High end of purchase market benefiting most from lower mortgage rates
The decline in average mortgage rates since the start of the year is driving higher purchase demand, especially at the higher end of the market, according to Freddie Mac.
|30-Year FRM||15-Year FRM||5/1-Year ARM|
|Fees & Points||0.5||0.4||0.4|
"Mortgage rates fell for the fourth consecutive week and continued the medium-term trend of lower rates since late 2018," Sam Khater, Freddie Mac's chief economist, said in a press release. "The drop in mortgage rates is causing purchase demand to rise and the mix of demand is skewing to the higher end as more affluent consumers are typically more responsive to declines in rates."
In recent forecasts, industry economists commented that even with low rates, a significant uptick in refinance activity is unlikely.
The 30-year fixed-rate mortgage averaged 4.06% for the week ending May 23, down from last week when it averaged 4.07%. A year ago at this time, the 30-year FRM averaged 4.66%.
Rates for the 30-year loan had their most recent peak during the week of April 25, when they reached 4.2%. Since then, global trade tensions contributed to a decline in the 10-year Treasury yield, a benchmark for long-term mortgage rates.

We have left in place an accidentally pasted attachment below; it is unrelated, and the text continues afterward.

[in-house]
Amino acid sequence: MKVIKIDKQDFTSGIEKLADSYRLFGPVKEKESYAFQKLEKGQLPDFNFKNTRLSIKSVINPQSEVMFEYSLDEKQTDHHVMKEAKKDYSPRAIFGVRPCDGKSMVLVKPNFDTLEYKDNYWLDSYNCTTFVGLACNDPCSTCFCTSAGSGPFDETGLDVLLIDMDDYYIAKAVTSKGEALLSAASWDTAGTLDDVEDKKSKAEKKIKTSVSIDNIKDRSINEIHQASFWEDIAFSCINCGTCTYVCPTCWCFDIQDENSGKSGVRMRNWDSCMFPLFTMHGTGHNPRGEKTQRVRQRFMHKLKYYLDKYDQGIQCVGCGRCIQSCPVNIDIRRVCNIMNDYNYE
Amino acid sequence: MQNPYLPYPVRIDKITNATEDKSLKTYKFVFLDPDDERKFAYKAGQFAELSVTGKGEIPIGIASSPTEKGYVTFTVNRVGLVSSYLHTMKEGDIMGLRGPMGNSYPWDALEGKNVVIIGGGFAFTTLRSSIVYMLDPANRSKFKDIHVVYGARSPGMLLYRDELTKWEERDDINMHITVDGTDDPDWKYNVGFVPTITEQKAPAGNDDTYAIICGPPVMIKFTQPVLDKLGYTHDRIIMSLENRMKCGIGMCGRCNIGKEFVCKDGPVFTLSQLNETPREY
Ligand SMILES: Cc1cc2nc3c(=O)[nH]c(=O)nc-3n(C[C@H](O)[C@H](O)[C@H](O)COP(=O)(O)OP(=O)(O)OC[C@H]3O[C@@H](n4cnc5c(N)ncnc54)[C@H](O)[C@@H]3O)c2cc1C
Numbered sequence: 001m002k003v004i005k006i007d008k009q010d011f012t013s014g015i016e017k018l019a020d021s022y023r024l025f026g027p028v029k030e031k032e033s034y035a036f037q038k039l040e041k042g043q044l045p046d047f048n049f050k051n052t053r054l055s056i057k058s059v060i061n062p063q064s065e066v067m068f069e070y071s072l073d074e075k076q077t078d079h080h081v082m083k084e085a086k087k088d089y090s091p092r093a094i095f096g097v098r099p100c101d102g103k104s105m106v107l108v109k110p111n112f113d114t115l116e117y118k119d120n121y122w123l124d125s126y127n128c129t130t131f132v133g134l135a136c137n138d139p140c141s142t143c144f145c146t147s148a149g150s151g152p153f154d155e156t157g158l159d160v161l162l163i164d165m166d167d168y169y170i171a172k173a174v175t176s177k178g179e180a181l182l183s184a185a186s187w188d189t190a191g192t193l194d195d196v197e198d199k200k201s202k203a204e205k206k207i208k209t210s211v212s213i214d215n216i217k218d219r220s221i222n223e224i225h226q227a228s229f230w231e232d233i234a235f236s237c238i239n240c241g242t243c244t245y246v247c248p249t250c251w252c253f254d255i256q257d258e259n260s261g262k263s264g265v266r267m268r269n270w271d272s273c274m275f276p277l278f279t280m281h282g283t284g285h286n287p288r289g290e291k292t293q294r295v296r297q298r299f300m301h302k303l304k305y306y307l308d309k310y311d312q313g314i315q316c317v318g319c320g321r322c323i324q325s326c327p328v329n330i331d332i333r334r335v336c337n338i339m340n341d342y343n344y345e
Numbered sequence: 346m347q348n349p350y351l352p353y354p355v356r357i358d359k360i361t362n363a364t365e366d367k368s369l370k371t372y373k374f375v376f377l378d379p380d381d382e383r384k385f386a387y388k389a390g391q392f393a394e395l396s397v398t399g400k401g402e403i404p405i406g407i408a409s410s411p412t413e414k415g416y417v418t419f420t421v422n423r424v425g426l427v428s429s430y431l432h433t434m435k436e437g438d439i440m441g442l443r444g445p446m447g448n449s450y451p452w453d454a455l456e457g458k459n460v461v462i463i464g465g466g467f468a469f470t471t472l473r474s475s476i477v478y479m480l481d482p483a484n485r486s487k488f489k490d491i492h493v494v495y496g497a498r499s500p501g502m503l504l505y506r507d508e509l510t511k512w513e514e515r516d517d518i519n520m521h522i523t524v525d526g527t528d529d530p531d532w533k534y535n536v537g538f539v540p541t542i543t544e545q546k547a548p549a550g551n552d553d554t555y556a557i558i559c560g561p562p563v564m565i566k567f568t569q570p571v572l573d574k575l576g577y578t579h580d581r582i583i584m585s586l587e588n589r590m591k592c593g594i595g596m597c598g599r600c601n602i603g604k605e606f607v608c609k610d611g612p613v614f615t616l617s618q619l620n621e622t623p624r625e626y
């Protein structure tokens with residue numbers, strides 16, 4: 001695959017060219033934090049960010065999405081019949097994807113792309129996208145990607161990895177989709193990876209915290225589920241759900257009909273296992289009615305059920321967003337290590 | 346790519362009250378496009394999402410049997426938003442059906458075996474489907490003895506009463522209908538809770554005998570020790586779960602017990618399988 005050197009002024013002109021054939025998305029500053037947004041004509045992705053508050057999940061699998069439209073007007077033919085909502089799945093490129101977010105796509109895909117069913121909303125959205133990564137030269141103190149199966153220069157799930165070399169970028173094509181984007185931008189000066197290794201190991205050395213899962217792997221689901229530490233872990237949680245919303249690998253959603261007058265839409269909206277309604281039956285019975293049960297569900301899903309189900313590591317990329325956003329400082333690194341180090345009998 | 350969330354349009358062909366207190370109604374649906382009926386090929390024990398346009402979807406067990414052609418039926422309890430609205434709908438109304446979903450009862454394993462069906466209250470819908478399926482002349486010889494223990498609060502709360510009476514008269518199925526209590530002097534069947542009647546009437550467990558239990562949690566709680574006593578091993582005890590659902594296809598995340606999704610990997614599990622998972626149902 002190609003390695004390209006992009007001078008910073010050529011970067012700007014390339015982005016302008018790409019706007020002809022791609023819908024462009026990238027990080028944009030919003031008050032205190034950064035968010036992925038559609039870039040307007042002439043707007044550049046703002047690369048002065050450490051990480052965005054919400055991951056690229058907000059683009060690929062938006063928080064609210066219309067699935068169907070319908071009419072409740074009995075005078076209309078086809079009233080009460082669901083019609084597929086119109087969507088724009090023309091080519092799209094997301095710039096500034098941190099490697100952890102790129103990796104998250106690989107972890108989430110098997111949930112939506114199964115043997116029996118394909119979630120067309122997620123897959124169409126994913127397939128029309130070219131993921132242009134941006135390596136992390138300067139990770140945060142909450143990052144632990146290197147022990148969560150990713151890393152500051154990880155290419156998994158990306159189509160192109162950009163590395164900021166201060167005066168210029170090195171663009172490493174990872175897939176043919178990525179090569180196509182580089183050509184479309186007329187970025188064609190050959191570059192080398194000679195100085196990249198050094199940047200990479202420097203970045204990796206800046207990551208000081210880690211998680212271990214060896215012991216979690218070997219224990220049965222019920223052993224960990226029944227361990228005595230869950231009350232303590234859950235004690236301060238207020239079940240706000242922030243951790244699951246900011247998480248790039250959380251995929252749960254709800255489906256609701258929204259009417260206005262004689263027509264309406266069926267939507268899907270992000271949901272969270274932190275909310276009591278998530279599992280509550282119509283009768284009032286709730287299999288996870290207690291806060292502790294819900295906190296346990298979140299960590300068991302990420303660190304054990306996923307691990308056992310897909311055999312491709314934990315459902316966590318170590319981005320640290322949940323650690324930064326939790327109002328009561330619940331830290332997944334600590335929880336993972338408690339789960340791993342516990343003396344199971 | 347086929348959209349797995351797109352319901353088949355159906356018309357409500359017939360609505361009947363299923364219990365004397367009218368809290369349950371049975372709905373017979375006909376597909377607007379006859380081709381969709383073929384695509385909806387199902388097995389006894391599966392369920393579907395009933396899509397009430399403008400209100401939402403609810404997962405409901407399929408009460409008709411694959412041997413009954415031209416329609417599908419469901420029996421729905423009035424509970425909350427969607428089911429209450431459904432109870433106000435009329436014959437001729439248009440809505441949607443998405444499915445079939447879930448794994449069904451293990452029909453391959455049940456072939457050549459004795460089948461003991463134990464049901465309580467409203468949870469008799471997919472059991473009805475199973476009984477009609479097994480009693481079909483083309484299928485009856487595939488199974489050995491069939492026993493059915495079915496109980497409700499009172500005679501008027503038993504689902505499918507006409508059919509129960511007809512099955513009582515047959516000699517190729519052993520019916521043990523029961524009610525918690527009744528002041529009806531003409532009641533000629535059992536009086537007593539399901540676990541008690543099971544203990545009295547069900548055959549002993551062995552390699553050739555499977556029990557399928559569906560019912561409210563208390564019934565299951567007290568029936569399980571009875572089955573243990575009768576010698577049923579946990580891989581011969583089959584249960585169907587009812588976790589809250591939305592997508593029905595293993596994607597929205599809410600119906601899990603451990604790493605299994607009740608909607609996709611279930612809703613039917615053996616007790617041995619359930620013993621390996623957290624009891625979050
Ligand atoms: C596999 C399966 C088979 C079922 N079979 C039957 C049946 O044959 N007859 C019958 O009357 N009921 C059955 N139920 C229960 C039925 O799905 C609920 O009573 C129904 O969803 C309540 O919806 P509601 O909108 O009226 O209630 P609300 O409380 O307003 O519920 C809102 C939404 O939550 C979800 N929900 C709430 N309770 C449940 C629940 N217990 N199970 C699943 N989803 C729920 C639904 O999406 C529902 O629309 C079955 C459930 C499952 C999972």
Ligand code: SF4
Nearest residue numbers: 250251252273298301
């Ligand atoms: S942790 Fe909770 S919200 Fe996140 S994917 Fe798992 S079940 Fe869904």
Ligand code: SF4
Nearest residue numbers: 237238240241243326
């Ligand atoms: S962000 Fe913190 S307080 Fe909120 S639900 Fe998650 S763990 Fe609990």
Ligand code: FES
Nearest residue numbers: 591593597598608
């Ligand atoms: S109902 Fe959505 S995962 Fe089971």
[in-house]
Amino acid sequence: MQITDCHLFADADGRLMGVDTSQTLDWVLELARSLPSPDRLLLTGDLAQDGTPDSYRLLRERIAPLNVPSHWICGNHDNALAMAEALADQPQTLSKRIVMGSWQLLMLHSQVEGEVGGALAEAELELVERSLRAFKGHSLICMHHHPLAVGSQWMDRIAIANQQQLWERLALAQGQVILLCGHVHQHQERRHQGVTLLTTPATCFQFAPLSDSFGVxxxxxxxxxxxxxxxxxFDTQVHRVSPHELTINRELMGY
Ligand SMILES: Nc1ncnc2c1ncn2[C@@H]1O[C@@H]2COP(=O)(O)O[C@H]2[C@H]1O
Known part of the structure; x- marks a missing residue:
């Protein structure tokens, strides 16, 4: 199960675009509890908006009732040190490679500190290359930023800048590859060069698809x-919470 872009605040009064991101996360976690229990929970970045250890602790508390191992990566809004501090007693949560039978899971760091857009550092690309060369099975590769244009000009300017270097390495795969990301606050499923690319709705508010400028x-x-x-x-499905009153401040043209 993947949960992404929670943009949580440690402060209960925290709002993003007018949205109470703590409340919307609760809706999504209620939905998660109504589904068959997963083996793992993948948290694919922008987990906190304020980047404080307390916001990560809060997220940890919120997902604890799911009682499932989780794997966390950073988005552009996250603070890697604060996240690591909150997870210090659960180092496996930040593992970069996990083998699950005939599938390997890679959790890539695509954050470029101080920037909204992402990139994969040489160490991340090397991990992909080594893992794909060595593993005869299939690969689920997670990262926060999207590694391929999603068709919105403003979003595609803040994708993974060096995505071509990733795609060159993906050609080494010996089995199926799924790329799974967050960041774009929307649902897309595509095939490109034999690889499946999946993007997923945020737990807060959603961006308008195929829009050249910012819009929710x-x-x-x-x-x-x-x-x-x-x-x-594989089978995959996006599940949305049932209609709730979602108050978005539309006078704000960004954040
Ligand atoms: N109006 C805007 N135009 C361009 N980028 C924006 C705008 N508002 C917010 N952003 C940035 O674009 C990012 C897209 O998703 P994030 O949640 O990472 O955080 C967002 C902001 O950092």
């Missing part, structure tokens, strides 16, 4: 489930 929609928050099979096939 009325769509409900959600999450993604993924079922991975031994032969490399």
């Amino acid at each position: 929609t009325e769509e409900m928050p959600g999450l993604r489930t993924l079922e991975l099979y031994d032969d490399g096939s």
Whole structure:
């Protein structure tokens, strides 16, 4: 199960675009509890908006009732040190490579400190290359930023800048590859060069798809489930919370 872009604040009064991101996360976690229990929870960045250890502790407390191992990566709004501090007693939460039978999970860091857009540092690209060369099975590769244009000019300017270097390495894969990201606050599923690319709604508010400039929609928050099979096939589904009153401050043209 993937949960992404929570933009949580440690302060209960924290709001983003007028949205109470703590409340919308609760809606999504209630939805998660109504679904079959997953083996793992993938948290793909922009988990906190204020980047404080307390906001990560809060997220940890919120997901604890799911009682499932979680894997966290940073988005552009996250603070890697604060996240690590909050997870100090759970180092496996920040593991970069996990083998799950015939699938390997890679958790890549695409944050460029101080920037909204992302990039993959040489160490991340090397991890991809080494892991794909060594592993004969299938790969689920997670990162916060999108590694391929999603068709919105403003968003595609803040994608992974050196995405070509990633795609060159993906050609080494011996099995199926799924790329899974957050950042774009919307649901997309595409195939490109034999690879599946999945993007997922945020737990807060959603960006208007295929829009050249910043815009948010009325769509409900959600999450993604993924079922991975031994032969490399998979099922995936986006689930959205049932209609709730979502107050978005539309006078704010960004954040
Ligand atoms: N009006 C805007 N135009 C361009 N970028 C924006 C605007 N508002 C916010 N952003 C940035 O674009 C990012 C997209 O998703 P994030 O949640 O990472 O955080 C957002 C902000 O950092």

"For the third week in a row, a shortage of market-moving economic data releases kept the market’s focus on headlines emerging from the trade negotiations," Matthew Speakman, an economic analyst at Zillow, said when that company released its rate tracker. "The one event with the potential to drastically influence rates — the reading of the minutes from last month's Federal Open Market Committee meeting — offered little in the way of new forward guidance, keeping bond yields, which dictate mortgage rates, at bay."
The 15-year fixed-rate mortgage this week averaged 3.51%, down from last week when it averaged 3.53%. A year ago at this time, the 15-year fixed-rate mortgage averaged 4.15%.
The five-year Treasury-indexed hybrid adjustable-rate mortgage averaged 3.68% with an average 0.4 point, up from last week when it averaged 3.66%. A year ago at this time, the five-year adjustable-rate mortgage averaged 3.87%.
Going forward, mortgage rates may soon start to rise again, Speakman said.
"While substantial uncertainty remains, the pace of provocative headlines has subsided in recent days, which could result in some upward pressure on rates if the trend holds. A sharp rebound appears unlikely, but so long as the trade tensions don't escalate and upcoming economic releases offer few surprises, modest rate increases could be on the horizon in the immediate term," he explained.